Intended for healthcare professionals

Rapid response to:


Why telemedicine is here to stay

BMJ 2020; 371 doi: (Published 06 October 2020) Cite this as: BMJ 2020;371:m3603

Rapid Response:

Re: Why telemedicine diminishes the doctor-patient relationship

Dear Editor

‘Tele‘ is from the Greek, meaning, ‘far off’, and a Clinician is ’a doctor having direct contact with patients’ (1).

The term, ’Telemedicine’ is therefore oxymoronic unless ‘medicine’ now refers solely to the distribution of drugs and not to the clinical activity of examining patients.

How does one detect hepatomegaly, feel for lymphadenopathy, do a PR, percuss the chest, elicit rebound tenderness, or assess the reflexes, using a screen or telephone encounter?

The doctor-patient relationship is more than a mechanical, data-gathering exercise, replaceable by computer algorithms and implantable bio-sensors (2).

Singh & Leder (3) explain that touch has the potential to communicate, soothe, and heal, and medicine is diminished if it avoids the exploration and utilisation of the power of touch. Increasingly, the direct doctor–patient contact often gives way to a reliance on technological devices that help diagnose, and later treat, the patient. It is not unusual for a doctor to stride into a hospital room and, rather than reach for the patient, reach instead for the chart with the latest lab results.

Yet, therapeutic touch is pivotal in certain areas of modern and traditional medicine, including physiotherapy, osteopathy, chiropractic, and acupressure. Can verbal skills replace the expert hands of a physiotherapist in relaxing tight muscles, or those of a chiropractor realigning a contorted spine? Can words alone replace the touch of a GP who reaches out to a distraught patient to demonstrate empathy and to recognise suffering? Touch can be used to bridge the emotional and physical gap between a physician and patient. It can directly express care, compassion, and comfort. It has the potential to play an important part in the healing process, reinforcing patient trust and concordance, along, perhaps, with the ‘placebo effect’, triggering the body's own capacity for self-healing.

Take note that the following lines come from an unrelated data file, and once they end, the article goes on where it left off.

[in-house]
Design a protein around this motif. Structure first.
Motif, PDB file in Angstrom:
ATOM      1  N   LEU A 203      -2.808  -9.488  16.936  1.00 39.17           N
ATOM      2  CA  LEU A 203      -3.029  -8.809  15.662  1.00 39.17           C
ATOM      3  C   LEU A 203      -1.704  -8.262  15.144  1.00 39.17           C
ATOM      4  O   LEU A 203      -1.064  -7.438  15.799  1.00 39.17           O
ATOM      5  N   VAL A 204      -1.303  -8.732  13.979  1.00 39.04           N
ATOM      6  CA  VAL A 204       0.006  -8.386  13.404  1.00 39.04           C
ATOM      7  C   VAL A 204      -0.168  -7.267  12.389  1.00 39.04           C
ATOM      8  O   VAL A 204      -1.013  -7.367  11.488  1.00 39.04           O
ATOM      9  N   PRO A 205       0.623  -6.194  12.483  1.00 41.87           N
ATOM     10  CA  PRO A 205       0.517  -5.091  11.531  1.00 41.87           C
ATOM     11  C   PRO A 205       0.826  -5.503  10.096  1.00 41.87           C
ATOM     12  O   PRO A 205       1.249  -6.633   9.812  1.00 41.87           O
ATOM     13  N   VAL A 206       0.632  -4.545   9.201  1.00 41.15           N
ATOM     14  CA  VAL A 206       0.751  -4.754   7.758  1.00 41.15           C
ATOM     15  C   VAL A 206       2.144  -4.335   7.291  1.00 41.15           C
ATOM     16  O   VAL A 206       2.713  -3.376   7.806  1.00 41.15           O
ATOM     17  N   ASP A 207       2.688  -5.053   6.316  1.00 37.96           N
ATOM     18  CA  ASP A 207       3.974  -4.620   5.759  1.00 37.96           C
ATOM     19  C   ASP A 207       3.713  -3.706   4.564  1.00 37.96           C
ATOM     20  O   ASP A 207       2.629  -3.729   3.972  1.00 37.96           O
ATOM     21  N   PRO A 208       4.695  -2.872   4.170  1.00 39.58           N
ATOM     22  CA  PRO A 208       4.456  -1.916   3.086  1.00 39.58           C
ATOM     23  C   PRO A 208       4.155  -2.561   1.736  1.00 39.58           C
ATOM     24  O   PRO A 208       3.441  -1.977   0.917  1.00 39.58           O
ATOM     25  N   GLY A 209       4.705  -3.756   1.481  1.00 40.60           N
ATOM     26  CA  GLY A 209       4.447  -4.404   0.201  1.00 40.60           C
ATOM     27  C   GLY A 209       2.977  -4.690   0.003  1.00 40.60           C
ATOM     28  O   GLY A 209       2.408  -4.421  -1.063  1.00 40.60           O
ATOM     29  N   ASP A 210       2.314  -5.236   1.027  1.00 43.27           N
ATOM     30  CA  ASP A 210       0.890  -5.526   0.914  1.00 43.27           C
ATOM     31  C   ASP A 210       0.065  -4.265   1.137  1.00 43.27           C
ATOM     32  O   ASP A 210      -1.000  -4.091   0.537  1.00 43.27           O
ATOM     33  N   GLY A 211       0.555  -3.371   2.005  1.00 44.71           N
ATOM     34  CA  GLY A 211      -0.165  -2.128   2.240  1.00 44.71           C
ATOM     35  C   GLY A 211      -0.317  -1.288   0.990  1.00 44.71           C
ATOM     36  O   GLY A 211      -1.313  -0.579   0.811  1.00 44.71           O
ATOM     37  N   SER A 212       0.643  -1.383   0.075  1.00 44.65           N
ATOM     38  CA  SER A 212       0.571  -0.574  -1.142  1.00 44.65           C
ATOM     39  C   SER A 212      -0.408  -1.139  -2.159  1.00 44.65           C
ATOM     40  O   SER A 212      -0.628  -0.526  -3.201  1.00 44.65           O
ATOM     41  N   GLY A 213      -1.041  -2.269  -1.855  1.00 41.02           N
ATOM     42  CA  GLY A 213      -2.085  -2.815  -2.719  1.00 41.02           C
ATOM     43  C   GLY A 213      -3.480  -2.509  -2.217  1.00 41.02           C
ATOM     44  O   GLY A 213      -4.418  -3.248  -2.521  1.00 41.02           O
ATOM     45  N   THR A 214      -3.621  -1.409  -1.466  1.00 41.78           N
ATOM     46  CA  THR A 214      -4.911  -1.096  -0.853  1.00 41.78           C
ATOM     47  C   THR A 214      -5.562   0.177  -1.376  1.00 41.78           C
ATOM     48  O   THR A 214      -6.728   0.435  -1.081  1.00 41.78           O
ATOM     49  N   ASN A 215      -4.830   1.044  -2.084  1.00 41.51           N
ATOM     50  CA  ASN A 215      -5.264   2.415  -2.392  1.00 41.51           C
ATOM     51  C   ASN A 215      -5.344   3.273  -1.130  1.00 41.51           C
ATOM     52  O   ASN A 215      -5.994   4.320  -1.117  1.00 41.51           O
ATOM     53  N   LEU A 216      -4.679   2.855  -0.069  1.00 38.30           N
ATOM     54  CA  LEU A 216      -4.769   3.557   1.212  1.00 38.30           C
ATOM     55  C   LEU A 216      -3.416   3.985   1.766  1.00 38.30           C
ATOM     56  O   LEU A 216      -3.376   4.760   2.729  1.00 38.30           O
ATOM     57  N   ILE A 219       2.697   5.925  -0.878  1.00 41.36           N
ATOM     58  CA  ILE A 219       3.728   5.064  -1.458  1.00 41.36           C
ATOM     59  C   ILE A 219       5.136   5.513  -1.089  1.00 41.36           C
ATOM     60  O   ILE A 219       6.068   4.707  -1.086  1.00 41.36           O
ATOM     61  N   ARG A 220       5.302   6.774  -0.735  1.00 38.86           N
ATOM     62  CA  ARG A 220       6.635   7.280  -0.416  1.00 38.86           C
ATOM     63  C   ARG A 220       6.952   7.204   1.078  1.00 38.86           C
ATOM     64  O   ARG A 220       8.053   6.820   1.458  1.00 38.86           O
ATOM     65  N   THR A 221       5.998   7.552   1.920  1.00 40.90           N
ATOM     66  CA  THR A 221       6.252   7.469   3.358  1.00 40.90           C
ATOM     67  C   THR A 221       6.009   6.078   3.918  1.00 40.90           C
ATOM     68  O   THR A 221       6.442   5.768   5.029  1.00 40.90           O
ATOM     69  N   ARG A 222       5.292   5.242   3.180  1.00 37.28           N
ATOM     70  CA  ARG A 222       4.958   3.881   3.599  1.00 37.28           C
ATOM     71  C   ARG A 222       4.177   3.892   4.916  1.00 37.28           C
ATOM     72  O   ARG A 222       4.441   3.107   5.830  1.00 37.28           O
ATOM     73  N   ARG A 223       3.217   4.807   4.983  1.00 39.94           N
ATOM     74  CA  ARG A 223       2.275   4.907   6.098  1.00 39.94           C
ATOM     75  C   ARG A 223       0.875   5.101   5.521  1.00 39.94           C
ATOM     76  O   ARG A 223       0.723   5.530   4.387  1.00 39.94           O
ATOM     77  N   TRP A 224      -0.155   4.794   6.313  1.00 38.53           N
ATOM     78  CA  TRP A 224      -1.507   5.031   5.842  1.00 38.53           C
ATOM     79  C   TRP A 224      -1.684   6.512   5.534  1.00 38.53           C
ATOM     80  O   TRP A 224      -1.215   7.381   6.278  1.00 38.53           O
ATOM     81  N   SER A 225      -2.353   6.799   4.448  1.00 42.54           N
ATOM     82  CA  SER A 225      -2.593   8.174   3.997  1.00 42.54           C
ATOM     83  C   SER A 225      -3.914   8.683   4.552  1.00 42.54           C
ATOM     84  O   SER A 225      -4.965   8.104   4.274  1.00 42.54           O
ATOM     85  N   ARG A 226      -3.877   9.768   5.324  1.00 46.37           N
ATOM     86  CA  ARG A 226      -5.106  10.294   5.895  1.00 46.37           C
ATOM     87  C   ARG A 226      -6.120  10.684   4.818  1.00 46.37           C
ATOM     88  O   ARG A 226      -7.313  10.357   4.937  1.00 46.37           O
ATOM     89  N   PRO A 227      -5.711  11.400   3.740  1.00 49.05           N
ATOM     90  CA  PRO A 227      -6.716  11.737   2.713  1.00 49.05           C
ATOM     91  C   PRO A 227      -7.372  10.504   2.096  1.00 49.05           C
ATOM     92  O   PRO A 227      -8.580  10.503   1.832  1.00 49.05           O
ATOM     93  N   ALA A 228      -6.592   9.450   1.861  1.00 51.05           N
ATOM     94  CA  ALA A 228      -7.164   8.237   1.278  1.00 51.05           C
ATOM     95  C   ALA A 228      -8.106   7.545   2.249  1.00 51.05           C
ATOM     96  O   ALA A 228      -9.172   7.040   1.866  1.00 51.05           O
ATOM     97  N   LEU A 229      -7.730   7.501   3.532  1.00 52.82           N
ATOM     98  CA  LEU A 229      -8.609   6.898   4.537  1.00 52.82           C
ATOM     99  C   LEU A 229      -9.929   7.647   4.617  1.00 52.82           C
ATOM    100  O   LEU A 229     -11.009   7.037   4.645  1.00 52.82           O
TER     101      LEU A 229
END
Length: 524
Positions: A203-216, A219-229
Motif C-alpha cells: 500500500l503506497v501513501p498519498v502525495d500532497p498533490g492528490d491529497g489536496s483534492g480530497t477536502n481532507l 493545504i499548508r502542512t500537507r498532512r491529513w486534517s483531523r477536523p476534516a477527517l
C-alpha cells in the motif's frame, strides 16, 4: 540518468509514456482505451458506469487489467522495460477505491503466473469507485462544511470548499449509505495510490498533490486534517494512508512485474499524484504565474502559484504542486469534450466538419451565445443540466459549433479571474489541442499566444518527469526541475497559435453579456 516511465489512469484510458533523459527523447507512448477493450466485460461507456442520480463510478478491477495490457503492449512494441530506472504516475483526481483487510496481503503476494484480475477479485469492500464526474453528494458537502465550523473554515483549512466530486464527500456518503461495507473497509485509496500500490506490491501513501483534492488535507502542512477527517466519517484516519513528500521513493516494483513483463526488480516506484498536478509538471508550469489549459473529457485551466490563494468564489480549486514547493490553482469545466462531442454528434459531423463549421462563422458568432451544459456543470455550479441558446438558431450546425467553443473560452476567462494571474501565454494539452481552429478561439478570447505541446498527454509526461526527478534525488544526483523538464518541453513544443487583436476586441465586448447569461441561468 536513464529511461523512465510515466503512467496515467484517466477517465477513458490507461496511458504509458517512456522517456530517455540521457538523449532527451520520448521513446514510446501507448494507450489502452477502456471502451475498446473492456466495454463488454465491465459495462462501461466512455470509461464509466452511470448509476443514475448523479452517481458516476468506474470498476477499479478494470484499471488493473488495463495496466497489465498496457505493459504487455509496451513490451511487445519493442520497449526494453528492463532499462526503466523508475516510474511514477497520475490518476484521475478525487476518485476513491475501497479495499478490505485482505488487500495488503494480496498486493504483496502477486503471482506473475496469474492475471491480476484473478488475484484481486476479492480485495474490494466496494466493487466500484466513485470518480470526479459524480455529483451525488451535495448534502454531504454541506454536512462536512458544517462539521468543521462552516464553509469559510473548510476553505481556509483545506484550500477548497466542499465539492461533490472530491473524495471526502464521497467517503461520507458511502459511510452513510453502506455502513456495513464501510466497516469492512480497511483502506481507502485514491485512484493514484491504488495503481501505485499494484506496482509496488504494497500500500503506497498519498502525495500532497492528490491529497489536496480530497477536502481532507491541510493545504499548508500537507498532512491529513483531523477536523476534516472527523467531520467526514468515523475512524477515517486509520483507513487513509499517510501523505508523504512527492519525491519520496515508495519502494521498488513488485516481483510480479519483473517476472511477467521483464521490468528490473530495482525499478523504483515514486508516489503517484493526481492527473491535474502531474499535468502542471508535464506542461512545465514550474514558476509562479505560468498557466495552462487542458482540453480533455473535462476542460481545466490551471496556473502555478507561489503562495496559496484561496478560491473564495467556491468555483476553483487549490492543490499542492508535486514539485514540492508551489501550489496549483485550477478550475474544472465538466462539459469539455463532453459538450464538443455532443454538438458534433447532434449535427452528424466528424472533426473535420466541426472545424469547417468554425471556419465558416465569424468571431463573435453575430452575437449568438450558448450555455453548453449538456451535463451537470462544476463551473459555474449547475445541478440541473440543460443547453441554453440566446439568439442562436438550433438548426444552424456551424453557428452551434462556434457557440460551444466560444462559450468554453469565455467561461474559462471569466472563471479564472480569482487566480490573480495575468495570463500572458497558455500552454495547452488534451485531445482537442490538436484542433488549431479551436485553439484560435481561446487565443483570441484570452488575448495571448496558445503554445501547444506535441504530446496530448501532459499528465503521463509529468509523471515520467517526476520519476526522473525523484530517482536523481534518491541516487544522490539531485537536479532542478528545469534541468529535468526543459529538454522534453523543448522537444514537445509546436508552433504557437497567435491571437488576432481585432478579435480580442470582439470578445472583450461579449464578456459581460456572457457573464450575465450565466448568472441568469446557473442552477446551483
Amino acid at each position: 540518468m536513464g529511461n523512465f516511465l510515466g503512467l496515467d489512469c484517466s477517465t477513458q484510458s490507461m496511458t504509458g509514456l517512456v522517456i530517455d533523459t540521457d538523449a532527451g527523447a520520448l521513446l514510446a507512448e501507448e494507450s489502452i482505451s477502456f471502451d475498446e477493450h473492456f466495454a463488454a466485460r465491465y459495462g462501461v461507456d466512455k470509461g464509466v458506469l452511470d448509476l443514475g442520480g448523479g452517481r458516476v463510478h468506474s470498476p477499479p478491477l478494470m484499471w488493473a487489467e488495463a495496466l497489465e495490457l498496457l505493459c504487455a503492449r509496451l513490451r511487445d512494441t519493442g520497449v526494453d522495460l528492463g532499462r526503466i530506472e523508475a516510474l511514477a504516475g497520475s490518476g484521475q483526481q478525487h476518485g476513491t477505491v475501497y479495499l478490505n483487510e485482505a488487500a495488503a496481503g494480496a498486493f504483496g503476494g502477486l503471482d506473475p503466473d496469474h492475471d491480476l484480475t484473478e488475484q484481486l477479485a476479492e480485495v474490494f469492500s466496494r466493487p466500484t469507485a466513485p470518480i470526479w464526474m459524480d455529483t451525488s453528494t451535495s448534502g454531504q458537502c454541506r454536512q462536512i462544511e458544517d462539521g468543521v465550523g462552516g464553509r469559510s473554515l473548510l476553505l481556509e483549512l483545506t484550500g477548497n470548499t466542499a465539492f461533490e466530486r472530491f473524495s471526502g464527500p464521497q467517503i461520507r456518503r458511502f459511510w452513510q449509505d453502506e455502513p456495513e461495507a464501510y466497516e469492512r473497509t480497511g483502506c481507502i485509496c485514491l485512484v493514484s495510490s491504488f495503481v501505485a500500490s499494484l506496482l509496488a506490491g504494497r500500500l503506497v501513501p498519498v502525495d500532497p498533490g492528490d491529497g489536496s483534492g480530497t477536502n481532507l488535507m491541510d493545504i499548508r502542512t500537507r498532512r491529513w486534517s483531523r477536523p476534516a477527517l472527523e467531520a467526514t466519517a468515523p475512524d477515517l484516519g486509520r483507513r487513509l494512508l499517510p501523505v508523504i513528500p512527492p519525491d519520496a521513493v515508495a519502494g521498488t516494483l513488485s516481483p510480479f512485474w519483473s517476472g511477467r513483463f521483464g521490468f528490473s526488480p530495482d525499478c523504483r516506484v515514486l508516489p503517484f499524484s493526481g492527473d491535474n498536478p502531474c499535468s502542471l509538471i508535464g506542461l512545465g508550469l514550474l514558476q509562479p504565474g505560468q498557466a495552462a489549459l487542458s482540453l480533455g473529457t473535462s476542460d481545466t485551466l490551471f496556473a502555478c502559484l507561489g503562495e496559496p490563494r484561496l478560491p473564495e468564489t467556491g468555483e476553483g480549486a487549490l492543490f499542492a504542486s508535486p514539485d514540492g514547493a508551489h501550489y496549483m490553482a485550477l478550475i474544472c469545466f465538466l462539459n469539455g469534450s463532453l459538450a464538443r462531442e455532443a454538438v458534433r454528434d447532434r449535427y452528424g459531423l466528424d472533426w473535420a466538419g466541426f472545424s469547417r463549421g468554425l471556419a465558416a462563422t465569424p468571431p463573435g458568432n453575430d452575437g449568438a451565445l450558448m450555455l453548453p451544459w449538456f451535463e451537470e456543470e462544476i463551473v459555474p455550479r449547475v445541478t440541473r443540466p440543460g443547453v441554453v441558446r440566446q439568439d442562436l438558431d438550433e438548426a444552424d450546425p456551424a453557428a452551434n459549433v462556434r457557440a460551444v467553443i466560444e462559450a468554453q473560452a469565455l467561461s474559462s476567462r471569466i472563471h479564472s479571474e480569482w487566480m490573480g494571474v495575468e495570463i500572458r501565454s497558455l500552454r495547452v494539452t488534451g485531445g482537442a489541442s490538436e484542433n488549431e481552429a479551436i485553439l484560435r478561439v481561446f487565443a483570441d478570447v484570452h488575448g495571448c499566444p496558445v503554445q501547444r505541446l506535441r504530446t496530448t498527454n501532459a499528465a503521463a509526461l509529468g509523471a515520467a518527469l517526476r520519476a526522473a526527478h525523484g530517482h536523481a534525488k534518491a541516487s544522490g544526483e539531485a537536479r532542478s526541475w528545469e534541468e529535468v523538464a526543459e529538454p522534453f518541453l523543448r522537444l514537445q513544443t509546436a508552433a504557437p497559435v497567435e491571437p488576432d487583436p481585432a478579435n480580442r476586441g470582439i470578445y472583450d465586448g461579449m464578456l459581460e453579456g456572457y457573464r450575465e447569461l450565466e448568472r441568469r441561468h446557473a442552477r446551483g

Gadow (4) points out that, technology, on the other hand, has the potential to violate human dignity to the extent that its use reduces persons to the moral status of objects. The prevalence of technology in health care is an extension of the scientific paradigm, in which the body is reduced to an object devoid of subjectivity. The empathy paradigm, in contrast, is based upon the moral primacy of subjectivity. Empathic touch - as distinct from instrumental and philanthropic touch - establishes a clinical relation of intersubjectivity, affirming in patients the dignity and worth that morally distinguish persons from objects.

This has seemingly been written out of the script in the rush to technological, so-called ‘progress’.

Will empty waiting rooms be quite as appealing when medical personnel suddenly realise that they have willingly participated in their own redundancy?

(1) Oxford Dictionary of English, 2nd edition, 2003: Oxford University Press

Competing interests: No competing interests

09 October 2020
Janet Menage
GP retired
Wales, UK